Congratulations, Val! I'm excited about this new venue for you to express your thoughts and knowledge not only about plants and gardens, but also about yoga, design, and heck, whatever else you want to write about. I'm looking forward to seeing what unfolds.

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New Book: Petal & Twig

  • Petal & Twig Made The New York Times!
    From Anne Raver's review: "Valerie Easton, a Seattle-based garden writer, discusses the art of growing and arranging cut flowers in “Petal and Twig: Seasonal Bouquets With Blossoms, Branches and Grasses From Your Garden” (Sasquatch Books; $16.95). Written as an informal diary, with photographs of arrangements from her own garden, and tips on cutting and keeping flowers fresh, the book inspires ideas not only on what to grow but on how to combine (or not) those beauties inside. See review here: http://www.nytimes.com/2012/03/29/garden/new-books-on-growing-and-arranging-flowers.html?scp=1&sq=petal%20&%20twig%20anne%20raver&st=cse
  • The first reviews on the new book are in! From Publisher's Weekly:
  • "Open your eyes and keep it simple: those are two lessons Easton passes on from her own 40 years in the garden. When selecting and arranging flowers for bouquets, you needn’t spend a bundle buying a bundle of imported flowers.....The result will be unique, local, imaginative, and inexpensive. Color photos throughout illustrate and inspire."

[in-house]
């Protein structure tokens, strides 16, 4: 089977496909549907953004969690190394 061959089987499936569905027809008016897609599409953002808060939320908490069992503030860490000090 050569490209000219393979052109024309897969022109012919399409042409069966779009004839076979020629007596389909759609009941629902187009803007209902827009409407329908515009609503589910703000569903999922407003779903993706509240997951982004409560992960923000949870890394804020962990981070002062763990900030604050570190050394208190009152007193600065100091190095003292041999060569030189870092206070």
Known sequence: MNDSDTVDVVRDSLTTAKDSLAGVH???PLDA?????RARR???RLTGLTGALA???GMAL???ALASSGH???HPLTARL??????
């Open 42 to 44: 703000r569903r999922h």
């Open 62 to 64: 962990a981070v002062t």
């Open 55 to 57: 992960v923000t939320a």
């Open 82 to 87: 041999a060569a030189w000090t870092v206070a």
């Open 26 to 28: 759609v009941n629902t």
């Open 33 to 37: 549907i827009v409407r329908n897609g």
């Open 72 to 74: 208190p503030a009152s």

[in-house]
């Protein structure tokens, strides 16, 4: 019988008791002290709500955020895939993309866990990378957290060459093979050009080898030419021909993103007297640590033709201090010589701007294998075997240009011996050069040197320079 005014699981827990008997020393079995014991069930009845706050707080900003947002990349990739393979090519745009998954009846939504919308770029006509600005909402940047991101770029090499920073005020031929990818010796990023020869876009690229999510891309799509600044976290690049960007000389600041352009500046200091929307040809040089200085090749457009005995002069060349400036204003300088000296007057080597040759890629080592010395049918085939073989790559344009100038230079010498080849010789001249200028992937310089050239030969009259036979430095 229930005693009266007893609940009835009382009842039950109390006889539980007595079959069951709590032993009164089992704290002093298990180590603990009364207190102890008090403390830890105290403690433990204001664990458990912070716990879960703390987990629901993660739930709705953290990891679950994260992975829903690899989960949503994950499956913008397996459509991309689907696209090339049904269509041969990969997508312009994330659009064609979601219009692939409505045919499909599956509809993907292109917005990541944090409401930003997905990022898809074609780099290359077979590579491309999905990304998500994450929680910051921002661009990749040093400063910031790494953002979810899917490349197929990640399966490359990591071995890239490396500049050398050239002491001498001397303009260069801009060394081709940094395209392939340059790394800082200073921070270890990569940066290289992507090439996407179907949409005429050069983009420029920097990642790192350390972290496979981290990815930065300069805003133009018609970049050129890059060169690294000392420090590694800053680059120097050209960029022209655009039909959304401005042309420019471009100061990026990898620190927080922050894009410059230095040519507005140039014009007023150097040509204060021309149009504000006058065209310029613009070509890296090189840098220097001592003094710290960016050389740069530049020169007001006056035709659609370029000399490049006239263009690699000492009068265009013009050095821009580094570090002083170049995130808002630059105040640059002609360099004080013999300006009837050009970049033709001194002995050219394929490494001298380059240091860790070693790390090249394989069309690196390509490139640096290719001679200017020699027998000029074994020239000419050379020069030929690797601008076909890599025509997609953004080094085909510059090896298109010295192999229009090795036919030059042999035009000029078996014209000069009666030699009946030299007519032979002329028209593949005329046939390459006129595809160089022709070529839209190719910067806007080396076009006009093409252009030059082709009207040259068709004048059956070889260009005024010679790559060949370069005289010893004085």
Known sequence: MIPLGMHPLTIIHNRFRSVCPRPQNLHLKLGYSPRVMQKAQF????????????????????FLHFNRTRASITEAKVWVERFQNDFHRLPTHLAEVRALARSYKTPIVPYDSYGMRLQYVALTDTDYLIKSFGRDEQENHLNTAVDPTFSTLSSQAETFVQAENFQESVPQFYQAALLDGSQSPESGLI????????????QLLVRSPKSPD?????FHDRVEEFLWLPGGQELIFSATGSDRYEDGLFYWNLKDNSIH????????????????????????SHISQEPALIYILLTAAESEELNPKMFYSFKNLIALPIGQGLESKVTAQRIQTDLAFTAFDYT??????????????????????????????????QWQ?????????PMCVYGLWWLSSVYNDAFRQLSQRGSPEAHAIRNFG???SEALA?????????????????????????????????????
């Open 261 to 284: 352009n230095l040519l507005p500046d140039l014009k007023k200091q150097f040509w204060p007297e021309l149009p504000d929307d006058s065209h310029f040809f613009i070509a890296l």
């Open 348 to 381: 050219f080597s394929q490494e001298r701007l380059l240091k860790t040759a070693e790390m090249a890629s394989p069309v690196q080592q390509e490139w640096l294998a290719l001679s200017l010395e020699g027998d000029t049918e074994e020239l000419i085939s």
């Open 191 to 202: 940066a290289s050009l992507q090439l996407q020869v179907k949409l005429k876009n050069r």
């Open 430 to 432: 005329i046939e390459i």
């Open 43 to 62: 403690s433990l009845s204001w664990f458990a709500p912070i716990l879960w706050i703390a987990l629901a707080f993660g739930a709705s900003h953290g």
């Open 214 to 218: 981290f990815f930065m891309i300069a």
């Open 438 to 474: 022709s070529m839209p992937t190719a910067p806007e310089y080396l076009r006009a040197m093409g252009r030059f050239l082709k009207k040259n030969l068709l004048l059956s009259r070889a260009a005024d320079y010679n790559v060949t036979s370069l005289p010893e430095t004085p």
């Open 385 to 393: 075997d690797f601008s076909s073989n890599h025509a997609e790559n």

In the News

  • Montreal Blogger Reviews "A Pattern Garden"
    I was so pleased to find that "A Pattern Garden" is still being reviewed...check out Allan Becker's generous review on his Garden Guru blog.. I felt like Allan really understood what I was working towards in that book....he writes...."There is a delightful abstract quality to this publication. In it, the author takes good garden design to a higher, more spiritual level. Instead of discussing the aesthetic and scientific elements of design, as so many traditional garden design books do, she focuses on the role played in garden design by archetypal ideas - a.k.a. patterns - that reference the longings of human beings. These pleasure and comfort-rooted ideas are those that inspire designers to create gardens that are satisfying beyond their beauty." see more at http://allanbecker-gardenguru.squarespace.com/journal/valerie-easton
  • Planting art
    Check out this interview with Val in the Chicago Tribune on using art in the garden...

The New Low Maintenance Garden

  • Reviews Are In....
    "Over the years, countless books have espoused a low-maintenance approach to gardening. None have been as engaging, practical, or inspiring as this latest of Easton's contributions to the gardener's bookshelf,"
    - Pacific Horticulture magazine, Jan/Feb/Mar 2010

    "A handy guide to a garden you can raise without a corresponding increase in your blood pressure..handsome and informative...."
    - Metropolitan Home, Dec. 2009

    "This book is an invaluable addition to the garden library – destined to be a classic for many years to come."
    - Garden Design Online

Photo Credits

  • The banner and portrait photos were taken by Jacqueline Koch; all other photos by Val Easton unless otherwise credited.